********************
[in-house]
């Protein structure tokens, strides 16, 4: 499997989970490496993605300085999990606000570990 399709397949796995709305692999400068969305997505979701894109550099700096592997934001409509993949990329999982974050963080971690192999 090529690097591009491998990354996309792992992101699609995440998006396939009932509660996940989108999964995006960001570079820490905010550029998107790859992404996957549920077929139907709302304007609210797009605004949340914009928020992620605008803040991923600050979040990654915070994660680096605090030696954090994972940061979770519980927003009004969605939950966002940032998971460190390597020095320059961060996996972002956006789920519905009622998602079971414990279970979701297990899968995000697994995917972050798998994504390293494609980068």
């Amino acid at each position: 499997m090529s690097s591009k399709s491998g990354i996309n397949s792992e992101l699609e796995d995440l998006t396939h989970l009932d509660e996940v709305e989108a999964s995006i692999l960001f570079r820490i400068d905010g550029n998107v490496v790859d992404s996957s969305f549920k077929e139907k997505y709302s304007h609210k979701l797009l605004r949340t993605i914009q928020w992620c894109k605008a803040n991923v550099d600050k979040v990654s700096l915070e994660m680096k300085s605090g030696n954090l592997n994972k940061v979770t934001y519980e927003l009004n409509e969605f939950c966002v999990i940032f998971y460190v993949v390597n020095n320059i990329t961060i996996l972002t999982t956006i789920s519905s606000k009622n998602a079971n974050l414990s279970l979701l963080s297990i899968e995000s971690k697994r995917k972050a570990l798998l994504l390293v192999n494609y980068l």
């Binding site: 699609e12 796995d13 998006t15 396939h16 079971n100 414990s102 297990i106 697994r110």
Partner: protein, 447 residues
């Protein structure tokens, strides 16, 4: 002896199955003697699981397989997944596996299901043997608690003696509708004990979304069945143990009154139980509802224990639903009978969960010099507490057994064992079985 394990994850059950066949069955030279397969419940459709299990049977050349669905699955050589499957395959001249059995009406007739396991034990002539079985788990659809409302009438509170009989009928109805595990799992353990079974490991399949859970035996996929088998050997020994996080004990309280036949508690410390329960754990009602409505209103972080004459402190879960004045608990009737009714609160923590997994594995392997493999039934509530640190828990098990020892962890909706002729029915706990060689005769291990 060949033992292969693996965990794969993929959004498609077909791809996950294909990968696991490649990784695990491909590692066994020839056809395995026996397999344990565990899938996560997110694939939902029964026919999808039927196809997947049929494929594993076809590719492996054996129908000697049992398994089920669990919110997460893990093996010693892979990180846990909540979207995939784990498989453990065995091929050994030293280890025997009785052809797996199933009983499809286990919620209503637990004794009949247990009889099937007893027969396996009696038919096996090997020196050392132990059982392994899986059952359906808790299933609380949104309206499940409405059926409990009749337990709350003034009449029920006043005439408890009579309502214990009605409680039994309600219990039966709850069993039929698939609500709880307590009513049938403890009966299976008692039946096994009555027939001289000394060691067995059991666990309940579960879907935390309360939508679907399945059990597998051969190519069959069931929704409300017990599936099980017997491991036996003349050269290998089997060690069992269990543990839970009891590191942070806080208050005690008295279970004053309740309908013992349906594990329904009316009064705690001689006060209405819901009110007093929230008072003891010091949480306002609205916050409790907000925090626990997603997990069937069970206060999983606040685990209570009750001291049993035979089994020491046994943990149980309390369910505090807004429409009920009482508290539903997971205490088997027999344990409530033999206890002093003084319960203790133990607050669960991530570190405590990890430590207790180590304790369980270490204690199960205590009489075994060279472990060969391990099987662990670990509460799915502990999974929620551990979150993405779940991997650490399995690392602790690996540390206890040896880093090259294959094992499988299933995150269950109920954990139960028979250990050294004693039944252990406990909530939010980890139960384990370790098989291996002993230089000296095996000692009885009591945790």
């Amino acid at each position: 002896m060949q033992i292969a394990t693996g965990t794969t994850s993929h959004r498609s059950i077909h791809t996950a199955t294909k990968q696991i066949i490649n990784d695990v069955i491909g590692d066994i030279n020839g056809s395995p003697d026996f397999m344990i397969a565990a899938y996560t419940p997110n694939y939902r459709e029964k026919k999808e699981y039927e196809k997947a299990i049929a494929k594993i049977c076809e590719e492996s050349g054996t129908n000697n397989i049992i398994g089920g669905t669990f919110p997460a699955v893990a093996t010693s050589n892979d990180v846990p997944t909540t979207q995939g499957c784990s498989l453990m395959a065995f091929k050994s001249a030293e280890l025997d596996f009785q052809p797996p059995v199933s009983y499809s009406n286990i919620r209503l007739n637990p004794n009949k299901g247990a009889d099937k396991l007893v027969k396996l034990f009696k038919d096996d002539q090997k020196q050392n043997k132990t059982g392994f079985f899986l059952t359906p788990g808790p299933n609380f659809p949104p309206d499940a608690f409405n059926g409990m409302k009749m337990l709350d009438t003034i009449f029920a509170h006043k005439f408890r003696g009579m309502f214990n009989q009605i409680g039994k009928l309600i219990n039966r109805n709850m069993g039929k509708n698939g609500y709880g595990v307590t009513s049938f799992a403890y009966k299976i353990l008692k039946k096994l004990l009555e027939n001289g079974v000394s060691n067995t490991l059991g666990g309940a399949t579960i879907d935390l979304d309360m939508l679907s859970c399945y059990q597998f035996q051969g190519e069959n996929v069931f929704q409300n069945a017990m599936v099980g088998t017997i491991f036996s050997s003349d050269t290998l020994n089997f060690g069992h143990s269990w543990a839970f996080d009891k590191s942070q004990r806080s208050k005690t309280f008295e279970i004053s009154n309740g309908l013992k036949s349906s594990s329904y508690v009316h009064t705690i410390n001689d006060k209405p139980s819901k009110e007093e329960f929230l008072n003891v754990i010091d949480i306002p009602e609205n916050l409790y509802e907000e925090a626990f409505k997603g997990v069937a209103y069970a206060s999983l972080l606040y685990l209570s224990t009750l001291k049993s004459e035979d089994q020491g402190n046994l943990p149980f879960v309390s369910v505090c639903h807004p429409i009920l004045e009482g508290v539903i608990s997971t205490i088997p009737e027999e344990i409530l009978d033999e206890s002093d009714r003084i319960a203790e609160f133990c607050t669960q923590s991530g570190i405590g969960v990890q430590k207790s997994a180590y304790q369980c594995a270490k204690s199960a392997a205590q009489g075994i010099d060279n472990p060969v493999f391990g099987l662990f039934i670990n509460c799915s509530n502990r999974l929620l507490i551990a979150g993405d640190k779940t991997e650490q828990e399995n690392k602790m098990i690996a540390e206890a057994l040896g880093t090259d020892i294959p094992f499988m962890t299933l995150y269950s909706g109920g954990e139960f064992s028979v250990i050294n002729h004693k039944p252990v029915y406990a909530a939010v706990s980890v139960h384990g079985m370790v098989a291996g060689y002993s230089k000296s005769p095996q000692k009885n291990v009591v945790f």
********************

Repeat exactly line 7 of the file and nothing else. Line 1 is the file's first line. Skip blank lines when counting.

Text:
């Amino acid at each position: 002896m060949q033992i292969a394990t693996g965990t794969t994850s993929h959004r498609s059950i077909h791809t996950a199955t294909k990968q696991i066949i490649n990784d695990v069955i491909g590692d066994i030279n020839g056809s395995p003697d026996f397999m344990i397969a565990a899938y996560t419940p997110n694939y939902r459709e029964k026919k999808e699981y039927e196809k997947a299990i049929a494929k594993i049977c076809e590719e492996s050349g054996t129908n000697n397989i049992i398994g089920g669905t669990f919110p997460a699955v893990a093996t010693s050589n892979d990180v846990p997944t909540t979207q995939g499957c784990s498989l453990m395959a065995f091929k050994s001249a030293e280890l025997d596996f009785q052809p797996p059995v199933s009983y499809s009406n286990i919620r209503l007739n637990p004794n009949k299901g247990a009889d099937k396991l007893v027969k396996l034990f009696k038919d096996d002539q090997k020196q050392n043997k132990t059982g392994f079985f899986l059952t359906p788990g808790p299933n609380f659809p949104p309206d499940a608690f409405n059926g409990m409302k009749m337990l709350d009438t003034i009449f029920a509170h006043k005439f408890r003696g009579m309502f214990n009989q009605i409680g039994k009928l309600i219990n039966r109805n709850m069993g039929k509708n698939g609500y709880g595990v307590t009513s049938f799992a403890y009966k299976i353990l008692k039946k096994l004990l009555e027939n001289g079974v000394s060691n067995t490991l059991g666990g309940a399949t579960i879907d935390l979304d309360m939508l679907s859970c399945y059990q597998f035996q051969g190519e069959n996929v069931f929704q409300n069945a017990m599936v099980g088998t017997i491991f036996s050997s003349d050269t290998l020994n089997f060690g069992h143990s269990w543990a839970f996080d009891k590191s942070q004990r806080s208050k005690t309280f008295e279970i004053s009154n309740g309908l013992k036949s349906s594990s329904y508690v009316h009064t705690i410390n001689d006060k209405p139980s819901k009110e007093e329960f929230l008072n003891v754990i010091d949480i306002p009602e609205n916050l409790y509802e907000e925090a626990f409505k997603g997990v069937a209103y069970a206060s999983l972080l606040y685990l209570s224990t009750l001291k049993s004459e035979d089994q020491g402190n046994l943990p149980f879960v309390s369910v505090c639903h807004p429409i009920l004045e009482g508290v539903i608990s997971t205490i088997p009737e027999e344990i409530l009978d033999e206890s002093d009714r003084i319960a203790e609160f133990c607050t669960q923590s991530g570190i405590g969960v990890q430590k207790s997994a180590y304790q369980c594995a270490k204690s199960a392997a205590q009489g075994i010099d060279n472990p060969v493999f391990g099987l662990f039934i670990n509460c799915s509530n502990r999974l929620l507490i551990a979150g993405d640190k779940t991997e650490q828990e399995n690392k602790m098990i690996a540390e206890a057994l040896g880093t090259d020892i294959p094992f499988m962890t299933l995150y269950s909706g109920g954990e139960f064992s028979v250990i050294n002729h004693k039944p252990v029915y406990a909530a939010v706990s980890v139960h384990g079985m370790v098989a291996g060689y002993s230089k000296s005769p095996q000692k009885n291990v009591v945790f």